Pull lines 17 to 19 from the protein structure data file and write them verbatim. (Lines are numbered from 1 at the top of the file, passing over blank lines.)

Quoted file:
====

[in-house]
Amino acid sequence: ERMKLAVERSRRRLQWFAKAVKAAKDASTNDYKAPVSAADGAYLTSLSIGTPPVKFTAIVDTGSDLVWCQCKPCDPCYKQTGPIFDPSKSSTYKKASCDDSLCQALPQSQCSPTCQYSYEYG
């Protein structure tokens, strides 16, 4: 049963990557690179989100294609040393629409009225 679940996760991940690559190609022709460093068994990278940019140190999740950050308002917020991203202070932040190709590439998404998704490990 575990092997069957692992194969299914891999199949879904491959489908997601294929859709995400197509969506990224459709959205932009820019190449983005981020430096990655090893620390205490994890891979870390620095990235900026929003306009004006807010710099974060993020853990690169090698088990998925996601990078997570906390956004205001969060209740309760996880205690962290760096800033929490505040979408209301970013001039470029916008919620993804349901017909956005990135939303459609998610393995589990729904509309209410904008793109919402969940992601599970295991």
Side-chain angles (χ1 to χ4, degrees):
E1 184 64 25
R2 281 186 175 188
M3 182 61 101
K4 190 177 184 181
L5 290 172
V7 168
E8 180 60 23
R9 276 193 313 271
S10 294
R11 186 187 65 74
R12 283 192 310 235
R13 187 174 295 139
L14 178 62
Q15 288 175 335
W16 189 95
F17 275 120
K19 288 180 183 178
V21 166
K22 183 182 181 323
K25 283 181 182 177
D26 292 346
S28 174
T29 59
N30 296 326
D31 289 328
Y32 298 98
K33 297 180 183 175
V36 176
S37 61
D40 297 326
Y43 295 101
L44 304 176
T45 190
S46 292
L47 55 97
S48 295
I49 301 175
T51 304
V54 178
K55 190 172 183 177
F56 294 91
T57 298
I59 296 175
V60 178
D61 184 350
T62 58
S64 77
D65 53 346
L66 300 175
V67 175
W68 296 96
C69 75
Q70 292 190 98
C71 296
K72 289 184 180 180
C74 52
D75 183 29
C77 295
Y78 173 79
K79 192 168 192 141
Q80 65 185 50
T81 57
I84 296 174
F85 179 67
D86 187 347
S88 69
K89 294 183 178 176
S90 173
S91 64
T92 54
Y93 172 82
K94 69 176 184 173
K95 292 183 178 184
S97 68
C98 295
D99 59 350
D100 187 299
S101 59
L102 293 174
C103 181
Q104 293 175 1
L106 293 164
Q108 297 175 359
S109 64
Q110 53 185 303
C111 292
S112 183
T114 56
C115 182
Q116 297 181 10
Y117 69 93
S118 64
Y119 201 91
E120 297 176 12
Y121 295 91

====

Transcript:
L14 178 62
Q15 288 175 335
W16 189 95